But that wouldn't have solved much anyway, because the pandemic damage was not, in the main, experienced by the kids of the angry white parents denied in-person instruction, but the kids of black and Hispanic who actively demanded remote instruction and indeed, would have preferred to still have their local school in remote in the 21-22 school year. The learning loss wasn't imposed on these parents. They actively chose it. This is why it shouldn't surprise anyone that California actually slightly outscored Florida and Texas on the NAEP (less learning loss).
The only way to end the learning loss was to end the parents' right to choose remote instruction, which is what most state legislatures did in summer 2021, when we lucked into a window of time when it looked like the vaccines would end covid entirely. Had we not had that window, we might still now be dealing with parents able to legally insist on remote education at their local school.
As evidence of the change, consider Lori Lightfoot's reaction to her union demands in January 2021 and January 2022. The first year, the union refused to return to the classroom and she was pissed but *didn't* shut off remote access. Why? Because the overwhelming majority of her parents wanted remote. The next year, when the union refused to go back to school, she shut down remote, to their considerable shock. But she still had a majority of parents who were keeping their kids out of school and demanding remote. The difference: the Illinois legislature had set a mandate on when she could enable remote education. Had she submitted to parent (not union) wishes in 2022, she'd have lost a lot of money for the schools. https://www.reuters.com/world/us/chicago-public-schools-cancel-classes-again-covid-19-teacher-walkout-2022-01-07/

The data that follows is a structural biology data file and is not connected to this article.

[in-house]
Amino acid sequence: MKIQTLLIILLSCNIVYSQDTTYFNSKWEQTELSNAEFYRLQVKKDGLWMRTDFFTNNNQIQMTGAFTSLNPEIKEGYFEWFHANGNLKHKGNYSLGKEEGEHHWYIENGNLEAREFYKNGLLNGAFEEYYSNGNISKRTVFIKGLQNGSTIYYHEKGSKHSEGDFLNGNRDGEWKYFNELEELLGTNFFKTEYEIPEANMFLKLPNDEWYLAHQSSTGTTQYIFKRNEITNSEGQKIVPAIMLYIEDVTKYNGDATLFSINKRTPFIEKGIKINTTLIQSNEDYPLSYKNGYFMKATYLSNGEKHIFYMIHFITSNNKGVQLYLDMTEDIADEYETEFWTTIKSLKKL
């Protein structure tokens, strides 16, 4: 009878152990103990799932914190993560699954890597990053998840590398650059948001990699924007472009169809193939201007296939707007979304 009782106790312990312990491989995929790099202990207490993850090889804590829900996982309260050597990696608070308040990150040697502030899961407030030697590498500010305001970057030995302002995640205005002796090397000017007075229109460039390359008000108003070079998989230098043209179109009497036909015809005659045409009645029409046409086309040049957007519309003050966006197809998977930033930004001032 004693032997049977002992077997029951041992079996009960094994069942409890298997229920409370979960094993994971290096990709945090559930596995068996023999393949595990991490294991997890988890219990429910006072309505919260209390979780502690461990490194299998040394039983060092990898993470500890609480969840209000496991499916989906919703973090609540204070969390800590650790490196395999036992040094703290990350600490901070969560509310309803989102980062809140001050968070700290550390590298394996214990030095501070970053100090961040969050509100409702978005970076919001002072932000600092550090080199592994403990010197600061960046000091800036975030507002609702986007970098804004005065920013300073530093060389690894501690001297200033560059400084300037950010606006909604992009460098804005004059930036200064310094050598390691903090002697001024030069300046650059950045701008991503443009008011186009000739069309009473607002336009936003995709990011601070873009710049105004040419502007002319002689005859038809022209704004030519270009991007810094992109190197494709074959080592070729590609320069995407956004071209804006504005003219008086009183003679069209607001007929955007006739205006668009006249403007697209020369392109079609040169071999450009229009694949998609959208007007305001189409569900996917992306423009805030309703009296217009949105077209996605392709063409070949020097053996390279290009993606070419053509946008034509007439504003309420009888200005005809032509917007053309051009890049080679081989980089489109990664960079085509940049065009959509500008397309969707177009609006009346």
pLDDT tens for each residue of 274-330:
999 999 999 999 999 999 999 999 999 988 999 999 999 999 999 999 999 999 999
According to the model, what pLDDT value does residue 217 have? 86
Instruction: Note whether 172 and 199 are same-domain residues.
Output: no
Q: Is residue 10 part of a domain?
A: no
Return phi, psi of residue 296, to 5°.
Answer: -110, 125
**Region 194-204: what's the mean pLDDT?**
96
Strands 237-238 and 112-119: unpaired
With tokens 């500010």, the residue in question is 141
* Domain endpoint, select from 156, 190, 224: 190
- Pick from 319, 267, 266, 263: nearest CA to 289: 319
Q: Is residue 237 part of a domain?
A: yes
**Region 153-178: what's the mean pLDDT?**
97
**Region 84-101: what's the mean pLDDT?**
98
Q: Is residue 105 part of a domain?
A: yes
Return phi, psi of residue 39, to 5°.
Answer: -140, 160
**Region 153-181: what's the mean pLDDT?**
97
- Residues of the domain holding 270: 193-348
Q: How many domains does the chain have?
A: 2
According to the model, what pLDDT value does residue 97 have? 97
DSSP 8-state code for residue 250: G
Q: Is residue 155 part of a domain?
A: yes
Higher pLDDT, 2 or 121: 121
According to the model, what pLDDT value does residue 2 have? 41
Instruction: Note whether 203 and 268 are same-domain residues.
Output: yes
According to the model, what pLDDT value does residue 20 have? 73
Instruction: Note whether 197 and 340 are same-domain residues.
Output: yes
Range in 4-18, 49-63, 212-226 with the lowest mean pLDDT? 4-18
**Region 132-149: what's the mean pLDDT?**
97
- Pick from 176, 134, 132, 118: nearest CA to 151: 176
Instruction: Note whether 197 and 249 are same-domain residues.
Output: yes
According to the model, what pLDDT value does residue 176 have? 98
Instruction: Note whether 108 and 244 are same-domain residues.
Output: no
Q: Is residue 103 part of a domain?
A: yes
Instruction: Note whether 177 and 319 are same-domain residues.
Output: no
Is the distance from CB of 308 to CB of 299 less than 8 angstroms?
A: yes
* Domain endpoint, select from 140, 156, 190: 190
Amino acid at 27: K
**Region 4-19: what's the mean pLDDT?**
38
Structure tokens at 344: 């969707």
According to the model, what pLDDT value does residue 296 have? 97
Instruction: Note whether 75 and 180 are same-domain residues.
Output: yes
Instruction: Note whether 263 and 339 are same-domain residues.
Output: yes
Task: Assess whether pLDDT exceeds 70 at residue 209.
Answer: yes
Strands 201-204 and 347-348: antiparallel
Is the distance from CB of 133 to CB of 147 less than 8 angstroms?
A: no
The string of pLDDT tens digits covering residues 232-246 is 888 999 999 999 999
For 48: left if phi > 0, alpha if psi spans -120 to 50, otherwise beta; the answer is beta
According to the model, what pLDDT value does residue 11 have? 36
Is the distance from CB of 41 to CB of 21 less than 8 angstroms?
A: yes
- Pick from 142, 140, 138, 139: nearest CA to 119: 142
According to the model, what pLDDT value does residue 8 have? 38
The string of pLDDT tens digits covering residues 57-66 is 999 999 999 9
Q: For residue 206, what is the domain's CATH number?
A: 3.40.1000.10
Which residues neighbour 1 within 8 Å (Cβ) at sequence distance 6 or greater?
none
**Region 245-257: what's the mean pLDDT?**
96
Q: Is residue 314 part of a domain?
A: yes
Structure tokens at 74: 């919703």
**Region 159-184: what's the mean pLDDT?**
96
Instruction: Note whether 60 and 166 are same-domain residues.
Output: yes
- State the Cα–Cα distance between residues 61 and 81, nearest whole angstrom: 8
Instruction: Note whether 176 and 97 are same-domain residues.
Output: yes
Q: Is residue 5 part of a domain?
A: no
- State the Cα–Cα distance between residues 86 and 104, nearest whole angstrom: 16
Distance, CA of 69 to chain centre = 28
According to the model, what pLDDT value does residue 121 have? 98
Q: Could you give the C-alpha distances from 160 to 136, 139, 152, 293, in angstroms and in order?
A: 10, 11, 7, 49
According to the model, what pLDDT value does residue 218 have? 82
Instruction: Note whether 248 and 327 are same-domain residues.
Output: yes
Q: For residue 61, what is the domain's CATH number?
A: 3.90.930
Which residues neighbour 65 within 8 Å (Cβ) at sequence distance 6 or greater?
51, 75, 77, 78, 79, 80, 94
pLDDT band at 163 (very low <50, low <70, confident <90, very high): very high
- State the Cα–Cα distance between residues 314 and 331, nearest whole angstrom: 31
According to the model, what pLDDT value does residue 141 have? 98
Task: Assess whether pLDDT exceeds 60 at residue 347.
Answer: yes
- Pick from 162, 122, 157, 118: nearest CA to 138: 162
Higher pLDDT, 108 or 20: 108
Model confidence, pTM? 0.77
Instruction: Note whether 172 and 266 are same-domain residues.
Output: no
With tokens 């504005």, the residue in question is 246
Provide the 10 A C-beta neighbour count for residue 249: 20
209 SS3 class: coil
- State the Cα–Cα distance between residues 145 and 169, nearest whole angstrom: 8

Once the schools closed in March 2020, most states changed the laws around attendence and school funding for a year and most governors--including DeSantis--refused to even consider forcing parents into virtual academies instead of guaranteeing them the right to remote ed at their local school. The next school year, they all flipped and forced parents to choose virtual academies and banned schools from offering remote except in the case of really high case numbers and then only temporarily.
As someone who opposed school closure in March 2020, I had a lot of time to think about this and I'm pretty sure once the schools closed everything we did was baked in. No one anticipated that parents would actively resist sending their kids back to school in demographically unfortunate patterns (well, I did, but then I spend a lot of time thinking about race and education and I'm nobody, anyway.)
I realize this is only marginally ontopic, but since the enormous costs Nate mentioned very much include the learning loss, I thought people might be interested.
I broadly agree, particularly when it comes to deaths. And certainly blue states went overboard on some NPIs.
But the idea that NPIs had no effect on *infection frequency* doesn't pass the smell test. If I avoid crowds and if my family members isolate when infected, it's hard to believe that won't reduce my infection count by ~30% or more.
Deaths are a saturating non-linear function of infection frequency, so if everyone gets infected at least once, high NPI states could fewer infections but a roughly similar death count.